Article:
We spend so much time online today, using various forms of cloud services, emailing back and forth and surfing, all of which is powered by servers. The IT and telecom industry is one of the largest energy consumers, leaving behind gigantic carbon footprints. The good news is the world first carbon-negative data centre will soon land in Sweden!
The environmental price of cloud computing is high, which relies on data centres and related networks that contribute CO2 and PM2.5 air pollutants emissions to the atmosphere due to the huge amount of electricity consumption that comes from burning unrenewable energies and fossil fuels. A Greenpeace report speculates that IT-related services now account for two percent of all global carbon emissions. Big internet and tech companies all have their own data centres. With companies’ CSR and environmental reports becoming more available to the public, most of them are making tremendous effort to lower that climate-impact, taking measures such as using open-air cooling and other energy and water-saving techniques to lessen negative climate impact.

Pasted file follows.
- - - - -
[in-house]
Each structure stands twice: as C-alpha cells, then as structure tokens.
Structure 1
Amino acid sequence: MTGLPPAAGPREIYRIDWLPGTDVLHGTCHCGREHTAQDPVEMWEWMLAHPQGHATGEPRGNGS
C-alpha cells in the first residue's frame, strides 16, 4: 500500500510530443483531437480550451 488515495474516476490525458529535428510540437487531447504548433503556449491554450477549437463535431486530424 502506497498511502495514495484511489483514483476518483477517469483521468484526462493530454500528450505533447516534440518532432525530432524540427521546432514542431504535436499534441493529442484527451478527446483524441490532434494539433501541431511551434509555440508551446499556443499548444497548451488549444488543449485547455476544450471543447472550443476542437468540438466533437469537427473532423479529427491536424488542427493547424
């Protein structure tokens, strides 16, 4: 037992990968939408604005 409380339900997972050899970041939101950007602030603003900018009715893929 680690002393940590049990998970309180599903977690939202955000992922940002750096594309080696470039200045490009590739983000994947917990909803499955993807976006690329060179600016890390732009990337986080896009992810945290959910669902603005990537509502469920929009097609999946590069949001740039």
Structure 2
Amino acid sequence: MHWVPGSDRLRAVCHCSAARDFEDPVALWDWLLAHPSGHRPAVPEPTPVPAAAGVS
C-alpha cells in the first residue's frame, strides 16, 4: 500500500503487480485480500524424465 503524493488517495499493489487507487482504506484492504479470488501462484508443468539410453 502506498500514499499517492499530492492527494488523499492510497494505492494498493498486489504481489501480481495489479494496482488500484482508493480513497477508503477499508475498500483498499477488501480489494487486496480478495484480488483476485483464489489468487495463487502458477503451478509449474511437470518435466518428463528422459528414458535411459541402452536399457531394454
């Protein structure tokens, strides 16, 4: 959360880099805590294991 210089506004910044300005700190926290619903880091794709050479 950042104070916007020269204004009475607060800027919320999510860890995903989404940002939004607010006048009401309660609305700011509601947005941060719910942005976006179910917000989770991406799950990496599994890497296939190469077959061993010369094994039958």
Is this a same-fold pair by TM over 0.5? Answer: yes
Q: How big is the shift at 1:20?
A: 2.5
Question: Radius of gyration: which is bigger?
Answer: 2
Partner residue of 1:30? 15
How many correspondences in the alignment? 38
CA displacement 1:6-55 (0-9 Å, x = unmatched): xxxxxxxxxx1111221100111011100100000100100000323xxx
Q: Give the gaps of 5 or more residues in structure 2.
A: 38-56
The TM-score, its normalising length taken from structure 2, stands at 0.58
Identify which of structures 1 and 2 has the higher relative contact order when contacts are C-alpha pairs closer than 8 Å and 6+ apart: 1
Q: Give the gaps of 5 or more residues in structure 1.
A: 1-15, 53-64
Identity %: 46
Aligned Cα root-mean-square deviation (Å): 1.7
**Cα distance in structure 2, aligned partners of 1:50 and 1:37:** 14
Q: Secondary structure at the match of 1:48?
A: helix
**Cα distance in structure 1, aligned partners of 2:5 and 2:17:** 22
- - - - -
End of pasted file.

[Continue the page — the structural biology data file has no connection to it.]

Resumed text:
The EcoDataCenter in Falun, Sweden (200 km northwest of Stockholm) looks to go a few steps further in greening tech and internet data centres. Initiated by energy company Falu Energi & Vatten in collaboration with the entrepreneurial company EcoDC AB, the Centre will take the excess energy generated and use it to heat the local municipality while in warmer months, excess steam from the local electricity plant will run the machines that cool the data centre. 100 percent of the electricity delivered to servers in the data centre will be derived from renewable sources such as hydro, wind and solar power.
Sweden has already implemented schemes that recycle excess energy generated during the cremation process while it also imports trash from neighbouring European countries to help power its incineration plants meaning that the Eco Data Centre, which will have the first of its three buildings completed in early 2016, is another feather in the country's already-impressive energy-saving hat.